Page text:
By Sarrah Peters/News Editor
On Tuesday, January 22, Gadsden voters decided to take the city’s school board from appointed members to elected members.
Voting turnout was low, with less than 2,000 votes cast. 1.244 votes were cast in favor of changing the board, while 562 voted against the changes.
At a Wednesday city council meeting, council members expressed disappointment about the low turnout for the vote.
Council member Ben Reed said that he was disappointed that out of about 20,000 registered, only about nine percent of voters made the decision for the city.
“That’s less than 2,000 people that voted,” said council member Cynthia Toles. “That’s a shame for one, but that’s what we have. We have a right for them to vote, and I’m glad that it happened. We have overcome. It is now in the hands of the citizens.”
The Gadsden City Council also discussed getting the school board election underway “as soon as possible,” but cited several laws that will postpone the vote for several months. The city is required, by law, to advertise the election for 60 days and to hold the vote on the second or fourth Tuesday of the month. City Clerk Iva Nelson said that she would research the timeline needed to ensure candidates are given time to qualify for office. Council member Johnny Cannon said that he did not expect the election to take place until at least May.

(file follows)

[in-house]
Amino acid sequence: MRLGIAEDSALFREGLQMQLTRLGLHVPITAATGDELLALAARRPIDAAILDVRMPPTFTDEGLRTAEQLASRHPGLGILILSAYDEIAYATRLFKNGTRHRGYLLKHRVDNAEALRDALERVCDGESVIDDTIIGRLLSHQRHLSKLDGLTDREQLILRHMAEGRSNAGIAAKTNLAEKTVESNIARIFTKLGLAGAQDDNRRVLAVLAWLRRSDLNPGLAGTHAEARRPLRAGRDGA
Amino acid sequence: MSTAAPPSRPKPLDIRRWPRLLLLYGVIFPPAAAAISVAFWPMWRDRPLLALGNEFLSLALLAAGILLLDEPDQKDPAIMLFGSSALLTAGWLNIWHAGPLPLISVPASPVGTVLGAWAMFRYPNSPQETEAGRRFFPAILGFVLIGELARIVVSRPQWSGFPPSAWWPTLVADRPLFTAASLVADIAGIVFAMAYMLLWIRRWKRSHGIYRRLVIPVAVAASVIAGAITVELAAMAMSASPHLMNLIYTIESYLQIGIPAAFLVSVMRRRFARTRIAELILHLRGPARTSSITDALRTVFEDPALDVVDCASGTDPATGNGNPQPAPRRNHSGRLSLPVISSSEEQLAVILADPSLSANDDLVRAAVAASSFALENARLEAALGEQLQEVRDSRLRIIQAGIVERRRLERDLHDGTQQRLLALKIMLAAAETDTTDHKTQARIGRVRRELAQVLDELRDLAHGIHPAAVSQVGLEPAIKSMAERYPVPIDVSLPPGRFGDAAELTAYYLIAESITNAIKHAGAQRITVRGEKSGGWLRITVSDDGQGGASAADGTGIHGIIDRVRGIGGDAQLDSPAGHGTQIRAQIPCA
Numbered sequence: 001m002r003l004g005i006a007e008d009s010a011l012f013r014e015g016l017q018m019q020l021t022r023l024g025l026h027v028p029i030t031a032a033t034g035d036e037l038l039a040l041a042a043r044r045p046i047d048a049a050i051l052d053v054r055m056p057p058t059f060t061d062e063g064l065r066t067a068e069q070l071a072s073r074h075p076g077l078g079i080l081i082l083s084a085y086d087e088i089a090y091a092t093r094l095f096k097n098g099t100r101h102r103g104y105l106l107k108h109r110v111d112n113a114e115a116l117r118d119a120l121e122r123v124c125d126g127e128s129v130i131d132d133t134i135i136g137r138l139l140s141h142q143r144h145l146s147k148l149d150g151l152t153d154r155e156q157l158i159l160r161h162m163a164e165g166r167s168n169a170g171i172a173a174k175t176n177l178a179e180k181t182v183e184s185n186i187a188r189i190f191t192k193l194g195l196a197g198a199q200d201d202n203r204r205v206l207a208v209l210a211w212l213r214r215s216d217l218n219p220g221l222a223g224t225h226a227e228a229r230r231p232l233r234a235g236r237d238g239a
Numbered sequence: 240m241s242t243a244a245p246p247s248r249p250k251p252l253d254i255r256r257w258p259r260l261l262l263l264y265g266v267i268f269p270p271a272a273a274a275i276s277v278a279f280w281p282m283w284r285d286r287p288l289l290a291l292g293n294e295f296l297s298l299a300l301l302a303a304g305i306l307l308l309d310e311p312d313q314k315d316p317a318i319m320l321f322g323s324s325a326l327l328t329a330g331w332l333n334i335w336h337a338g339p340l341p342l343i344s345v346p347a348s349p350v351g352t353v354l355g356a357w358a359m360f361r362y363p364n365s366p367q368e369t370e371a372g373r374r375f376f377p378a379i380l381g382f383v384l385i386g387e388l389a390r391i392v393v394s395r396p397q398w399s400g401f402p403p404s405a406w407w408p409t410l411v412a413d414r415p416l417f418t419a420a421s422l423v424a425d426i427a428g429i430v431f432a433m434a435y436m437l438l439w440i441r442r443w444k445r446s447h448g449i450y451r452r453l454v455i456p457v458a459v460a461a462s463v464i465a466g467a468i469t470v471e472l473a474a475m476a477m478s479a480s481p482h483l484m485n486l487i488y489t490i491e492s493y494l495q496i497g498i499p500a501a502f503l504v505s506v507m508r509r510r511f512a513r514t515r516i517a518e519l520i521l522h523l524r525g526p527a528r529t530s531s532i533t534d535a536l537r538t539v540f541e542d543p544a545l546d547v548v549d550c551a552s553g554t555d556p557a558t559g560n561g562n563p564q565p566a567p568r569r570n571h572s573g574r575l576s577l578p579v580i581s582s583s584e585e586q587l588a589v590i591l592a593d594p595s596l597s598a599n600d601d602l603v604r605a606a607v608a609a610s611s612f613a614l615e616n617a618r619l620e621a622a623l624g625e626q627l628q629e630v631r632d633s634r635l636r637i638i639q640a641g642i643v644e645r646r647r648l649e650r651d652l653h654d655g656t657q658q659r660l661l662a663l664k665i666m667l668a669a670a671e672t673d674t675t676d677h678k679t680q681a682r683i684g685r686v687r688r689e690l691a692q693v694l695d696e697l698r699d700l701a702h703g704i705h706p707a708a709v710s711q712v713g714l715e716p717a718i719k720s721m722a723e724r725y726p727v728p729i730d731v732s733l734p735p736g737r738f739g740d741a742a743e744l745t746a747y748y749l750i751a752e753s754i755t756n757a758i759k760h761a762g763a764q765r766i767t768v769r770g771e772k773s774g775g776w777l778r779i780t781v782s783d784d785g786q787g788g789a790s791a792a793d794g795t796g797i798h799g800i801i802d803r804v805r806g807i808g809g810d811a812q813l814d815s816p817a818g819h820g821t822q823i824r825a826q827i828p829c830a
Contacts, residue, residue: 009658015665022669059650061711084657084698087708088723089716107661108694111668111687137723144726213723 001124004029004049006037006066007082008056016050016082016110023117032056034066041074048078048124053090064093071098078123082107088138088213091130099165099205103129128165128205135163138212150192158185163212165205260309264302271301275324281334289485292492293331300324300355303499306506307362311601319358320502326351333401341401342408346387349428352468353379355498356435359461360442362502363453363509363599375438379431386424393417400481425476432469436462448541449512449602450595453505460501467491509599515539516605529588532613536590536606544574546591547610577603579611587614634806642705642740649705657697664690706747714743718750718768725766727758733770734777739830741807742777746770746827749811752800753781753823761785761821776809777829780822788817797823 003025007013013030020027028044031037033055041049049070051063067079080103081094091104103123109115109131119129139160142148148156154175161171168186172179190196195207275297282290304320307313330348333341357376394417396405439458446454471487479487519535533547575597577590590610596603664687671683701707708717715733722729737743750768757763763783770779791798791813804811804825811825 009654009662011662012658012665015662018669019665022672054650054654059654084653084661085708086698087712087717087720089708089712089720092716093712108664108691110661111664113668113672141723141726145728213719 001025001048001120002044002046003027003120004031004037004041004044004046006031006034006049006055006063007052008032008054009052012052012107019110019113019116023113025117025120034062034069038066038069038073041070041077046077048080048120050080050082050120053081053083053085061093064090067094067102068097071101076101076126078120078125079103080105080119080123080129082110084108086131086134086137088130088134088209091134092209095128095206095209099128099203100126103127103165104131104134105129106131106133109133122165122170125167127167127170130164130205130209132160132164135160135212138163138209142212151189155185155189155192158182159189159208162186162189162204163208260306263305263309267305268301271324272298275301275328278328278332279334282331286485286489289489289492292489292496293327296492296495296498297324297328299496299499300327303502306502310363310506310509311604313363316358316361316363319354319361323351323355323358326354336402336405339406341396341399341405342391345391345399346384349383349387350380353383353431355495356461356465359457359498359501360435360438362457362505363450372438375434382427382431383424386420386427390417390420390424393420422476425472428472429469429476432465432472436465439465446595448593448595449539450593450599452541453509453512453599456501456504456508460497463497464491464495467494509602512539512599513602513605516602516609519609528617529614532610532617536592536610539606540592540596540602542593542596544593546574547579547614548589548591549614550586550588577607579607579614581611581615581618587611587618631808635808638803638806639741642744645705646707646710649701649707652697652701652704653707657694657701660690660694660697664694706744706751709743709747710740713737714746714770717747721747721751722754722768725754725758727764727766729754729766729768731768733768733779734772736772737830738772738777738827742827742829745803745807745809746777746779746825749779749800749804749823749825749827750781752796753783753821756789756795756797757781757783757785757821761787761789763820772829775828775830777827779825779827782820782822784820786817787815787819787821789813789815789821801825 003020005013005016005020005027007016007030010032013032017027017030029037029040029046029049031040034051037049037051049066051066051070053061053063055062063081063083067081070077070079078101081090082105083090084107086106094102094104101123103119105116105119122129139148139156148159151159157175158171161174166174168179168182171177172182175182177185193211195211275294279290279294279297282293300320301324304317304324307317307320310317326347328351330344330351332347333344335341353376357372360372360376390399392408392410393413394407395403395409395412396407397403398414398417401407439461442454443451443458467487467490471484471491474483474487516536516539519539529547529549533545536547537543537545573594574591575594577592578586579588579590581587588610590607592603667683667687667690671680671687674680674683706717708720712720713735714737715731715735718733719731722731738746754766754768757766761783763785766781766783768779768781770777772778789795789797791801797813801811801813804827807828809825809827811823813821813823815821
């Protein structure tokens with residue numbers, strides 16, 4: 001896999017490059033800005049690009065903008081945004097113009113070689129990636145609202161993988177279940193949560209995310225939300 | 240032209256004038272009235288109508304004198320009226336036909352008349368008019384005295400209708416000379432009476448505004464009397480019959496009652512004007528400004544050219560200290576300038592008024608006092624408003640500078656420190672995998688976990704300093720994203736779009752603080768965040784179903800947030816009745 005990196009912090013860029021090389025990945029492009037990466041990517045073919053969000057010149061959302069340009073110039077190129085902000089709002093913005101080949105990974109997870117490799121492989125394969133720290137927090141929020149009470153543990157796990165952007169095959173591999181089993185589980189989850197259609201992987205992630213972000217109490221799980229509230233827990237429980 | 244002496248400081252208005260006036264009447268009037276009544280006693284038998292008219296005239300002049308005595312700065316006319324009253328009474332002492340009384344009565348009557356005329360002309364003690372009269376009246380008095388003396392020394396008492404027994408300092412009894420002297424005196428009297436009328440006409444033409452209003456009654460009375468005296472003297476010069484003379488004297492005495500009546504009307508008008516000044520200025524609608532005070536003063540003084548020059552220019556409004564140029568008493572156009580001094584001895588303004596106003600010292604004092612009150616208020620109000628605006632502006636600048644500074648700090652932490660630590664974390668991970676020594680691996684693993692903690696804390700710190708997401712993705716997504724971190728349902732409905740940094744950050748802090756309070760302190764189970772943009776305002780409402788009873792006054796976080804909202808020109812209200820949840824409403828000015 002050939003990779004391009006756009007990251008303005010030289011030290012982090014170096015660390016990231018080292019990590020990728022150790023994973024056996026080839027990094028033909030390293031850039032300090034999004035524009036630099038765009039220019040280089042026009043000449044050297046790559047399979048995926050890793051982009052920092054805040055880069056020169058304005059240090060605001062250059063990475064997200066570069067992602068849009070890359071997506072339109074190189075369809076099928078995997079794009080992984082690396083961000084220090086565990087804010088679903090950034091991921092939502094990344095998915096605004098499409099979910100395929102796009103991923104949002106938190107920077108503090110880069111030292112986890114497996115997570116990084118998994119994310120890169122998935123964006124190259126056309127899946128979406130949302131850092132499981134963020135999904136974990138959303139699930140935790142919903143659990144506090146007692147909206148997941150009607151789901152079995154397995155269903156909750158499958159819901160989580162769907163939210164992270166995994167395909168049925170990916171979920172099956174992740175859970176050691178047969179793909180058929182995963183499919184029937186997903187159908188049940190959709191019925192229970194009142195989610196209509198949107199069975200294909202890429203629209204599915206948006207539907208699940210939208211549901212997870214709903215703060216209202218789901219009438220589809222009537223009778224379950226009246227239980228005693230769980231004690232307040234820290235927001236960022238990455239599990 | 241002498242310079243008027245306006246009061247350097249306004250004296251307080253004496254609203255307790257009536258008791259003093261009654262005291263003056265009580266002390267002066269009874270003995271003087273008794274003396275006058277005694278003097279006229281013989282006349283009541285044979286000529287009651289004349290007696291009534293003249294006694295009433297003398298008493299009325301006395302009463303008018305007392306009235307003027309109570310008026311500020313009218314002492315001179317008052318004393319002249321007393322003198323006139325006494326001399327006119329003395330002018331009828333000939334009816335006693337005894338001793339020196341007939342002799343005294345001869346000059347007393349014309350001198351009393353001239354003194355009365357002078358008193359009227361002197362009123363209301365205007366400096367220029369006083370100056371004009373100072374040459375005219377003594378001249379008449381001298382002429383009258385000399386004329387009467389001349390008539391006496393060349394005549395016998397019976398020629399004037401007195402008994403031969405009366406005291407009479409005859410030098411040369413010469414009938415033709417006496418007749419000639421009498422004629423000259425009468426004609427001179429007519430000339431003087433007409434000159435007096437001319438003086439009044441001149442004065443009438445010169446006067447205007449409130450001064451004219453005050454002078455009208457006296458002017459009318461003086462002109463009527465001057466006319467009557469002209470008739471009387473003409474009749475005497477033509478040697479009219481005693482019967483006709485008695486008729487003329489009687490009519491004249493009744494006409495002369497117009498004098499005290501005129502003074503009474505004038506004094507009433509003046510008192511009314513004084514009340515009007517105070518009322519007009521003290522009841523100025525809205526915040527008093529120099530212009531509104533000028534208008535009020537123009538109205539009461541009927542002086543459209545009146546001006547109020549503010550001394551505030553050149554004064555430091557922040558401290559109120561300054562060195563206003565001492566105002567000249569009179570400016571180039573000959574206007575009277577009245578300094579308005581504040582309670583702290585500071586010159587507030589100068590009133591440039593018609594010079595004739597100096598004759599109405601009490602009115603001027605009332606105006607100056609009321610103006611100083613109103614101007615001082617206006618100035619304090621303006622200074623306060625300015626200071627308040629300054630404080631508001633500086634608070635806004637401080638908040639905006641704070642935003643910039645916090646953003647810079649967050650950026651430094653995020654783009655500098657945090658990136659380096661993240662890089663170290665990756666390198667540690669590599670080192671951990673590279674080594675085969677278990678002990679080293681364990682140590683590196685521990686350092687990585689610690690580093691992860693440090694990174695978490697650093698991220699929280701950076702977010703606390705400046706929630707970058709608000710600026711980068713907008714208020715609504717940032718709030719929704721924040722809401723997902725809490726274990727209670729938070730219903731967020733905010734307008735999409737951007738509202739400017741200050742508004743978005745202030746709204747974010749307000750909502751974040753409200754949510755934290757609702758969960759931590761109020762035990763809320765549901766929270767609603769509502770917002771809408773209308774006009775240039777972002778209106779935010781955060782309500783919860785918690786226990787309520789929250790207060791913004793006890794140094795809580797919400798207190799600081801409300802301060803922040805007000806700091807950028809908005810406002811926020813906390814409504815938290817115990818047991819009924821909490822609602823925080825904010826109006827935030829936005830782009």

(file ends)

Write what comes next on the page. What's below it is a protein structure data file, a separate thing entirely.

Dr. Toles encouraged citizens to get involved. Those interested in running for the Gadsden City School Board must be over the age of 21, live in the district they wish to represent for over a year prior to qualifying and have no record of conviction for crimes involving moral turpitude.
Once elected, the board will serve until 2022 and elections will be held every four years after the initial term ends.